A State Department request for $54 million to initiate a counterterrorism assistance program in five Central American nations has run into trouble in Congress, with legislators voicing concern over renewed U.S. involvement in training local police forces that have a record of human rights abuses.

"This has stirred up all the ghosts of the past," remarked one House Democratic aide.

At hearings yesterday before House and Senate committees, witnesses warned of a possible repeat of the U.S. experience during the 1960s. That led Congress in 1974 to halt training and assistance for Central American police forces because of their abuses and involvement in right-wing "death squads."

"The fact is the death squad apparatus has not been dismantled in El Salvador," remarked Sen. John F. Kerry (D-Mass.). "The administration is deluding itself or deluding Congress because civilians continue to be killed by right-wing death squads although obviously at a reduced rate."

An official of Americas Watch, a U.S. human rights monitoring group, told the Senate Foreign Relations Committee that death squad killings in El Salvador the first six months of this year reached 81, more than double that of the previous six months.

The administration is seeking $27 million to establish a specialized military counterterrorism program in El Salvador, Honduras, Panama, Guatemala amd Costa Rica; $26 million for separate police antiterrorist training programs there, and $1 million for a fund to protect individuals helping to prevent terrorist activities.

Deputy Assistant Secretary of State James H. Michel acknowledged that there were some "risks" involved in the program but said, "We believe we have learned the lessons of history." He said the administration believed new democratic institutions and a greater commitment to respect human rights in the Central American countries would help curb police excesses.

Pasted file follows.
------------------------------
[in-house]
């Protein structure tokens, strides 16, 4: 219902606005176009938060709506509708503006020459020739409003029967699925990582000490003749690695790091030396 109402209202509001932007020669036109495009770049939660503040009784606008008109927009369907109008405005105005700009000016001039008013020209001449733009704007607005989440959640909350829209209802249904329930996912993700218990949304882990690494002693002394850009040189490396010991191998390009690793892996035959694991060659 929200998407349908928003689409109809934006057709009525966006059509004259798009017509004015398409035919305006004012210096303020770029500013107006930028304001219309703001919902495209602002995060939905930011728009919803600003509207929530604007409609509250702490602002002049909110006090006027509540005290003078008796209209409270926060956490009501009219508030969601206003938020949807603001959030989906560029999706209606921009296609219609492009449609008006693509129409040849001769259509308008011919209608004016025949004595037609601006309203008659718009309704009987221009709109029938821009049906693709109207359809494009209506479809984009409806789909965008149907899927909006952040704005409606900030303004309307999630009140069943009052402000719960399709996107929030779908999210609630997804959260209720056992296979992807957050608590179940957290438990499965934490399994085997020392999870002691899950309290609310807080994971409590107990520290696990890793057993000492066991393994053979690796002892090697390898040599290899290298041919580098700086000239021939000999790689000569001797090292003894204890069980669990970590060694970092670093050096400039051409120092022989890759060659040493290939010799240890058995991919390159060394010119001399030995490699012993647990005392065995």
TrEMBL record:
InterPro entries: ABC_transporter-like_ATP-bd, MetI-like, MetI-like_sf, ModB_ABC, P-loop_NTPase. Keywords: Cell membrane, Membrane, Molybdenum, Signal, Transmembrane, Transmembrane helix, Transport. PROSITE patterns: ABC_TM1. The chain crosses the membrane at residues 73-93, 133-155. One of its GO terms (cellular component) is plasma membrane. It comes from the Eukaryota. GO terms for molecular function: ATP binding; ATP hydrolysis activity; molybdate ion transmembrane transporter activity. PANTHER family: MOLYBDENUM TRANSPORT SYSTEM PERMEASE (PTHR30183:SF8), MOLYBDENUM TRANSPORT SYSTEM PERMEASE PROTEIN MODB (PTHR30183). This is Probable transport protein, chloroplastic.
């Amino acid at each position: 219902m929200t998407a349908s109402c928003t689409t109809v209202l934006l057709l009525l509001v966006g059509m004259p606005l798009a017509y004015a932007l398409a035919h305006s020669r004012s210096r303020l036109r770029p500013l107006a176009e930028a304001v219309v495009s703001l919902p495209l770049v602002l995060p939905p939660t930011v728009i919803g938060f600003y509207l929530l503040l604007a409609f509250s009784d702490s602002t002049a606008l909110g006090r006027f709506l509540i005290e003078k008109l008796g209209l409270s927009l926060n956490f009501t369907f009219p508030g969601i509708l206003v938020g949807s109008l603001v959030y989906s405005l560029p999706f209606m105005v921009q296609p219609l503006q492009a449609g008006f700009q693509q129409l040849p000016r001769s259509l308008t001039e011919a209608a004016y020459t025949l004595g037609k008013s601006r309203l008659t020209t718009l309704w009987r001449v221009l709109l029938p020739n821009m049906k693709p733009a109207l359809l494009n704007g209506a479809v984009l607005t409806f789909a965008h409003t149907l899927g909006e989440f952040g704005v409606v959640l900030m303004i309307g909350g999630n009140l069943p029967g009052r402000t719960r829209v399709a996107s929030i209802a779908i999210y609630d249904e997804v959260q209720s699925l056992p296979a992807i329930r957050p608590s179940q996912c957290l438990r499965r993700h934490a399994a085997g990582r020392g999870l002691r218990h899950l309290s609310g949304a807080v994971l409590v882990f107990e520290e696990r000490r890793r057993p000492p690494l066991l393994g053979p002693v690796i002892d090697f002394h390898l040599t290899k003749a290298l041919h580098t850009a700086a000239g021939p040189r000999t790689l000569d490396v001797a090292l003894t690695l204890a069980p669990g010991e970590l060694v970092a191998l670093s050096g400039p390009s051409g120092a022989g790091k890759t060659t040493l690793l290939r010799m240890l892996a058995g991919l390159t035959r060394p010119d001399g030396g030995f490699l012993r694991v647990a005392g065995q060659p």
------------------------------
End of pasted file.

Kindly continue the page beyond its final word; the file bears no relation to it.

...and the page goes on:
Some Republican members of the Senate Foreign Relations Committee, including Sens. Charles McC. Mathias Jr. (Md.), Nancy Landon Kassebaum (Kan.) and Richard G. Lugar (Ind.), the committee chairman, are also concerned about the administration request.

An aide to Lugar said the issue is not and that the committee is not "anywhere near an agreement" on the request. "The questions are how much, to whom and under what conditions," he said.

Lugar, who often acts on the administration's behalf to work out a compromise, favored some show of U.S. support for the antiterrorism efforts, but not necessarily the full $54 million, the aide said.

The Republican-controlled Senate panel is scheduled to mark up the administration bill today. But it appears to be stuck in the Democratic-dominated House Foreign Affairs Committee, where resistance appears to be stronger.

"There is no agreement on the House side," said another one House aide.

In a statement yesterday, Rep. George Miller (D-Calif.) charged that the administration's proposal had a "skewed focus" on the threat posed by Marxist-led guerrilla groups.

Several legislators said the administration had confused the issue by notify Congress at the same that it intends to provide $4.5 million to El Salvador to start a training program there in any case.